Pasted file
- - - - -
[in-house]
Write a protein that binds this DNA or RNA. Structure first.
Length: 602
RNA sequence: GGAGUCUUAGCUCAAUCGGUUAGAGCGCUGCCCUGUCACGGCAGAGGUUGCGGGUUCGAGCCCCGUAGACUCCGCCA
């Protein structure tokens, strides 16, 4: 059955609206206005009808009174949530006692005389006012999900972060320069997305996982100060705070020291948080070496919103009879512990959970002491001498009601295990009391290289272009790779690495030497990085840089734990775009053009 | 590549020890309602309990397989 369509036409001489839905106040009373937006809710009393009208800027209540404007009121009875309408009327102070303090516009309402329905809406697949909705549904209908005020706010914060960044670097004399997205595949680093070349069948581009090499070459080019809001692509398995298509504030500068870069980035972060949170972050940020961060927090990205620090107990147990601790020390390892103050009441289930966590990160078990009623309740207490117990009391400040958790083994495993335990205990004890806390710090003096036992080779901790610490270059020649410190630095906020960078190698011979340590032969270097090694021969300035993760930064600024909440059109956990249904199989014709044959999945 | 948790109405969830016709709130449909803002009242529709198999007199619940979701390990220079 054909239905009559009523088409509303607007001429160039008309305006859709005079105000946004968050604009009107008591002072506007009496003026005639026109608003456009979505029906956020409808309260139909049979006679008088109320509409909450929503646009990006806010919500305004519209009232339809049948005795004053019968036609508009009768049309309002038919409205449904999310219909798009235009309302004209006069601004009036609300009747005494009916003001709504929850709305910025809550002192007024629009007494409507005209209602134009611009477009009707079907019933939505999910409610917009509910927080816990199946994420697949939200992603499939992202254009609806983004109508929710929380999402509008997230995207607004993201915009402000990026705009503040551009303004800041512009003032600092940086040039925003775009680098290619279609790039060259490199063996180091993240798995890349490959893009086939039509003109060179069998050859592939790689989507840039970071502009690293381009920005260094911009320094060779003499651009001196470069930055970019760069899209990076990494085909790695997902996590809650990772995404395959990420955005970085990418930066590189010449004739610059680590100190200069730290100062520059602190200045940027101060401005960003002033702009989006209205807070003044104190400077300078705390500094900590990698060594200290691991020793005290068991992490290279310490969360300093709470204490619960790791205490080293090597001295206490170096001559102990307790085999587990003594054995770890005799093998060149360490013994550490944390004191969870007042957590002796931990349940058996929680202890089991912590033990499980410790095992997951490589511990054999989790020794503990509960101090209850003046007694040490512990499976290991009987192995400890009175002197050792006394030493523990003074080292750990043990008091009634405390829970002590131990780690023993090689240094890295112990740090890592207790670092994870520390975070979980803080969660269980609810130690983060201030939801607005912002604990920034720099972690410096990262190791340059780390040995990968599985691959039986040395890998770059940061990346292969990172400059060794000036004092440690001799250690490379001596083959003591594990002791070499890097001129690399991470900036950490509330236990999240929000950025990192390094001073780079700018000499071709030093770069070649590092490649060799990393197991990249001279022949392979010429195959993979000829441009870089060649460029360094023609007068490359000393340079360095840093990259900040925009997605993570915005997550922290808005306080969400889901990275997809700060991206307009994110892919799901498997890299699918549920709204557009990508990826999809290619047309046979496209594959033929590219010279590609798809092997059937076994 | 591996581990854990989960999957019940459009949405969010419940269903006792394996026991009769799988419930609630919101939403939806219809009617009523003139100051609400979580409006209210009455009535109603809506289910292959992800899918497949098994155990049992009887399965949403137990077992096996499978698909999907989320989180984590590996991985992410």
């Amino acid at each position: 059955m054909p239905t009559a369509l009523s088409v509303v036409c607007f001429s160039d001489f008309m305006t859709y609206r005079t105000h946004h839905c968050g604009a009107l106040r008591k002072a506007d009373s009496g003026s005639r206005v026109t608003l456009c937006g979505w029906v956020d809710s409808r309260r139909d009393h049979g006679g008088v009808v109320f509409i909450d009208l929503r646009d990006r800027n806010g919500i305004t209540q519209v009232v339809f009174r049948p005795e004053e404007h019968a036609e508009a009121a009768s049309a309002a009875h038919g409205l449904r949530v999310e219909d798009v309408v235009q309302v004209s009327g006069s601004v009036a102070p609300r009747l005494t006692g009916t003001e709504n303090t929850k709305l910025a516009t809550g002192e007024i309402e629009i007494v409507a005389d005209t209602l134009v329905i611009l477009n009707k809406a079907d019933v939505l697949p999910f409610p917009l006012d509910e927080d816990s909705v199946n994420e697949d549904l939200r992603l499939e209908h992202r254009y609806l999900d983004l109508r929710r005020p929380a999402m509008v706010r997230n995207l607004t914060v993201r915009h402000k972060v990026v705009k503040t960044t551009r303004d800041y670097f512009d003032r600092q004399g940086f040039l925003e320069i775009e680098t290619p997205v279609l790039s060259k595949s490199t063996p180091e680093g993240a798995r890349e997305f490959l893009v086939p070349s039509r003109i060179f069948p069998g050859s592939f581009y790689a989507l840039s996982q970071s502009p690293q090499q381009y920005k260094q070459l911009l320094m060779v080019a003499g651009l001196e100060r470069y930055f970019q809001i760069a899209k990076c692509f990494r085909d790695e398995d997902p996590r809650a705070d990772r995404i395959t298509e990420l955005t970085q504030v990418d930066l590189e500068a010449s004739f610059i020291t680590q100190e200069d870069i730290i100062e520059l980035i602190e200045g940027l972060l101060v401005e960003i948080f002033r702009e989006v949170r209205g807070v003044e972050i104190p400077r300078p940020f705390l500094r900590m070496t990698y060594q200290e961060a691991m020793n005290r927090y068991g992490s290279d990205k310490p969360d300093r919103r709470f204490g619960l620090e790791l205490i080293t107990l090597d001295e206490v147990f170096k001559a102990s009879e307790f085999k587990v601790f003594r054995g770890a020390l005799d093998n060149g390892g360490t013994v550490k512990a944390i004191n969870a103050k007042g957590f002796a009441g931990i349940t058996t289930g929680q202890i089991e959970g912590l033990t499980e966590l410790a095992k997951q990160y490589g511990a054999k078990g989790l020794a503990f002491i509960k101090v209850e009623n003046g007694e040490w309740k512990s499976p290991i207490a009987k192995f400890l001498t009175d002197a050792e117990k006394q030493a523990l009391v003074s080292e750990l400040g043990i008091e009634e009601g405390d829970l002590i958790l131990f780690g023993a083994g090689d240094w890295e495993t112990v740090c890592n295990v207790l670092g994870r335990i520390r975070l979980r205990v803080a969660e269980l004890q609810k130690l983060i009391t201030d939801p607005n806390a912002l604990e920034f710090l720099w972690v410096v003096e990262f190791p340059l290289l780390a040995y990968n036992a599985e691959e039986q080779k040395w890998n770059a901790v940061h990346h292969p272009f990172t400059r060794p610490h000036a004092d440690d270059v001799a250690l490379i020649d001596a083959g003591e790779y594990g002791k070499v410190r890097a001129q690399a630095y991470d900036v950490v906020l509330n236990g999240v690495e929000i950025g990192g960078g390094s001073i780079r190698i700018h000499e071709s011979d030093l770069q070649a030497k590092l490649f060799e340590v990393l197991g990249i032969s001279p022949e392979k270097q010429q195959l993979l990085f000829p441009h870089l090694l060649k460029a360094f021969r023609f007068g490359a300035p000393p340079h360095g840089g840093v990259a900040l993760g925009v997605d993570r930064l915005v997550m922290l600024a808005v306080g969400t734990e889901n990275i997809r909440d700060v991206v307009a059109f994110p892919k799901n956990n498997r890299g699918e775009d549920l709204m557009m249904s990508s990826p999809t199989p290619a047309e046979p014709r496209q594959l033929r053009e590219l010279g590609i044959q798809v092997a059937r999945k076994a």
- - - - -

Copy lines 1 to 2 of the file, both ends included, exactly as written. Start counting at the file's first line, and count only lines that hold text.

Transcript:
[in-house]
Write a protein that binds this DNA or RNA. Structure first.